Organized sports help kids create social bonds and learn perseverance and collaboration. Some programs are more concerned with winning than with developing skills.If your kid wants to learn a particular sport, a competitive program may be a good fit. Teens who engage in organized sports for fun and sociability may prefer a less competitive setting.

Coaches play a huge effect on a team’s activity level, said Jennifer Agans, an assistant professor at Penn State in University Park, Pennsylvania. Some run less-active sessions where players spend a lot of time listening to instructions or waiting in line for a basketball shooting activity.

Think outside the box.

Not all kids love structured sports, especially if they’re not competitive. Maybe they’d enjoy rock climbing, skateboarding, or the performing arts. “My starting point was the young circus,” Agans added. “Trapeze is a growing youth activity today.”

There are also yoga, martial arts, ultimate frisbee, badminton, pickleball, and more. Agans believes that virtual reality exercise will become popular in the future.Studies show it can increase physical activity.

Sneak it in.

Exercise doesn’t equal sports. Chores burn calories, so assign your kids age-appropriate ones that require the most movement. Think about mowing the yard or vacuuming versus dusting or drying the dishes. Harrison said a garden is another wonderful choice because it involves planting, watering, and weeding.

Competitions can also increase activity. Challenge your teen to see who can run the quickest, do the most sit-ups, or walk the most steps every day or week. Use little gifts as a reward. Don’t ignore volunteer work, which entails a lot of motion. They can participate in a trail-building event or help pack and move boxes.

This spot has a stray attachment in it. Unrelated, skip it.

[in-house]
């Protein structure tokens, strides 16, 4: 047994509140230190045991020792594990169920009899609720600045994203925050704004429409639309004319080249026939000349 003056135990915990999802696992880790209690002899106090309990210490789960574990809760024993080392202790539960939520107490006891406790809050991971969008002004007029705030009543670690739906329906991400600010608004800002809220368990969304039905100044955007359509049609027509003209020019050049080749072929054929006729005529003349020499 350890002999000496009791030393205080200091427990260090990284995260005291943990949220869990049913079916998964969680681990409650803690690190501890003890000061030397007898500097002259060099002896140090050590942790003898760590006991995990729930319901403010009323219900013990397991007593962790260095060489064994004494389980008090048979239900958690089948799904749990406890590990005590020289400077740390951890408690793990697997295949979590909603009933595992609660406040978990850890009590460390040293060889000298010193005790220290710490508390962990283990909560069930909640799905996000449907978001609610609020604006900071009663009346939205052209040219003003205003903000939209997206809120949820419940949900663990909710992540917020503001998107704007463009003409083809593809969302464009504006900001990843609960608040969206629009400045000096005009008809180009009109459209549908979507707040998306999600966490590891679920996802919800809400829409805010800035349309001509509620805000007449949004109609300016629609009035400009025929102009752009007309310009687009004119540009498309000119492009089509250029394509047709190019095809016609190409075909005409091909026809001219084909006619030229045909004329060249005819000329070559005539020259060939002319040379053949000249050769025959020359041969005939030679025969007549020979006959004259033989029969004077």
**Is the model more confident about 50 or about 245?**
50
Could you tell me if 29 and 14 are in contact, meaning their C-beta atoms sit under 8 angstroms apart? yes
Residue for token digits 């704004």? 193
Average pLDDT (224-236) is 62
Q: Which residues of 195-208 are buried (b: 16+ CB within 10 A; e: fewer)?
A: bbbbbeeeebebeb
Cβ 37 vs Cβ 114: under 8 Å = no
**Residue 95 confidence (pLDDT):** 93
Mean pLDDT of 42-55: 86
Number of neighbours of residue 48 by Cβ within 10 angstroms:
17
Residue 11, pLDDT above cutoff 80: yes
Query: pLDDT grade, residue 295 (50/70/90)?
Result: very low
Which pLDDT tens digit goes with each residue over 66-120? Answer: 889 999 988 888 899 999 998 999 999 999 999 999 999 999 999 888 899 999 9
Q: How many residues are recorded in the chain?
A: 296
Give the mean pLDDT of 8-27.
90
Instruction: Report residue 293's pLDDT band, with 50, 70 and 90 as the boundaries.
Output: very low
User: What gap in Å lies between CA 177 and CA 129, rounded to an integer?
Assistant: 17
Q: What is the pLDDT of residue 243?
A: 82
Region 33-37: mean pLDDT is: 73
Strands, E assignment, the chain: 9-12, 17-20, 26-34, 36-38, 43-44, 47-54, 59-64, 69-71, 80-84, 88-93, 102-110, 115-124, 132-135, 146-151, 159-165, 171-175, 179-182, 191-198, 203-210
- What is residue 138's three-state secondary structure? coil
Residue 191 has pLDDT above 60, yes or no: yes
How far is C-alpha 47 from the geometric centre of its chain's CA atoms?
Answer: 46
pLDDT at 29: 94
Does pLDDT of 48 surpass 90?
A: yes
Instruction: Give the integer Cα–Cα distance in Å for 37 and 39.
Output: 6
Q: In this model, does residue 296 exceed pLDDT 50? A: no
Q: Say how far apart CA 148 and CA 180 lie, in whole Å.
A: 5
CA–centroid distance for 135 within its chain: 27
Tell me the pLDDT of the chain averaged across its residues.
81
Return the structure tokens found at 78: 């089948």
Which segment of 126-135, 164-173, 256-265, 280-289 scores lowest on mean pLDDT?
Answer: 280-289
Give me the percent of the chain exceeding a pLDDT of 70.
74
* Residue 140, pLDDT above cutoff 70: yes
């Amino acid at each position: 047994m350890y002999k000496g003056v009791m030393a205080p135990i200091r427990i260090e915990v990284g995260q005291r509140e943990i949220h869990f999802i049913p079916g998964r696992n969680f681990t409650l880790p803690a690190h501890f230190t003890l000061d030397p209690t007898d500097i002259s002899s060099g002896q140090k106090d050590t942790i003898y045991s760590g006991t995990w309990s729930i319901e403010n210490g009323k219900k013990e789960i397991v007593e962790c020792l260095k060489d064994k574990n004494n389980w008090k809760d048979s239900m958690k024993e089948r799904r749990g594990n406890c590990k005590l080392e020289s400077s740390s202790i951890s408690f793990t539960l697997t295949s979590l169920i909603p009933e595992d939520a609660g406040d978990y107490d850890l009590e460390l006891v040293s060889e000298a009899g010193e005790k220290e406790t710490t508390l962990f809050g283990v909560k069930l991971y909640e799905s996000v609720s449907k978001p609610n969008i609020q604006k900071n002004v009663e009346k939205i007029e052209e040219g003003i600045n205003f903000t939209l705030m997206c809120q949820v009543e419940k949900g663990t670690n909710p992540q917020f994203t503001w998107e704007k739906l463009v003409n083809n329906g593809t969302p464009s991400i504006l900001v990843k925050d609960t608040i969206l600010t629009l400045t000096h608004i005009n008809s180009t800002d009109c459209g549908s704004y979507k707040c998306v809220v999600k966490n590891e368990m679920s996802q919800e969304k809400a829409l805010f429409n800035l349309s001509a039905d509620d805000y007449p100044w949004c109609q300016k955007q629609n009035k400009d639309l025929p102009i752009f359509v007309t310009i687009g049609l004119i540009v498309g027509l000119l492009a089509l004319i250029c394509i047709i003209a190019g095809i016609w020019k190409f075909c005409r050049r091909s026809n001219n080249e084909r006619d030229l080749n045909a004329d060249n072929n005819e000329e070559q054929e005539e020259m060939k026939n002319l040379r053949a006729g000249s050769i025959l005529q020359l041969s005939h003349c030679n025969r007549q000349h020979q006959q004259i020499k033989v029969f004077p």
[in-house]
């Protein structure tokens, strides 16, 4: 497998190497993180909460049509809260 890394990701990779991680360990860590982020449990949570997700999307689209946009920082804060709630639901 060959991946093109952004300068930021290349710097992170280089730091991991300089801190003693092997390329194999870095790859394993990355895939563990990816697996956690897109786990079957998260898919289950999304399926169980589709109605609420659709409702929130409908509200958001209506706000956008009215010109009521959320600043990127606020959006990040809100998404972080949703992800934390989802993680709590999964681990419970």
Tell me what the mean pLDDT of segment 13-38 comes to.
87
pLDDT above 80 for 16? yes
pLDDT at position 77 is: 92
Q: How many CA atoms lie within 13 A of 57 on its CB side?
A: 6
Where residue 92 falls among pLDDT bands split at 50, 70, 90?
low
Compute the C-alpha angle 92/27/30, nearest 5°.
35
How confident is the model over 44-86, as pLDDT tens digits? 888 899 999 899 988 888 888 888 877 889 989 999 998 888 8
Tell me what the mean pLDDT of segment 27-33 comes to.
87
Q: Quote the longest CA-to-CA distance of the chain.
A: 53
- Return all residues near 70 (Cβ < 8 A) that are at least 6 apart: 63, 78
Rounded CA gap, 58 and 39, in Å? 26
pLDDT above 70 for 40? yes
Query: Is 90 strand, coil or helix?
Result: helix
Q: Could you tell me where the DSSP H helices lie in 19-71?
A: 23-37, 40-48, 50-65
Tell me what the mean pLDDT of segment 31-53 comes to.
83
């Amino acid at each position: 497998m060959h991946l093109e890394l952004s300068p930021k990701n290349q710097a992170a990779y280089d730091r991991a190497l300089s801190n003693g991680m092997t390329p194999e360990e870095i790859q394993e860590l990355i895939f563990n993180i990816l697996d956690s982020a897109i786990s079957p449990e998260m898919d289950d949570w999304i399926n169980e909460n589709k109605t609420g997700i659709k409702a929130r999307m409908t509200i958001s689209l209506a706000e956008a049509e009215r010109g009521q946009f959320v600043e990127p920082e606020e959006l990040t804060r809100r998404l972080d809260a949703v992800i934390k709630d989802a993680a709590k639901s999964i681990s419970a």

Be attuned to your teen.

If teens suddenly lose interest in an activity they generally enjoy, talk to them. “Maybe they’ve lost interest in swimming because they’re embarrassed to be seen in a bikini,” Agans added. Or maybe they want to drop out of soccer because a new teammate is making fun of them or they don’t have a friend on the squad this year.

“Interpersonal restraints like these might prohibit people from doing activities they like,” she said, so don’t assume your kid has lost enthusiasm to move. Something else could be going on.

Watch for indicators of exercise addiction, which involves excessive exercising and is typically linked to eating disorders. Signs of compulsive exercise include losing a lot of weight, exercising more after eating a lot or missing a session, and refusing to skip a workout, even when tired, unwell, or wounded.

Point out the benefits.

As teens find things they enjoy, be sure to notice all the perks stemming from their increased movement, such as stronger muscles, better sleep, and higher energy levels. This can aid them on days when their motivation wanes, which happens to both youngsters and adults.

Agans said, “Kids can learn to be excited about moving.” “We need to teach them to value exercise and look for it when they are young adults.”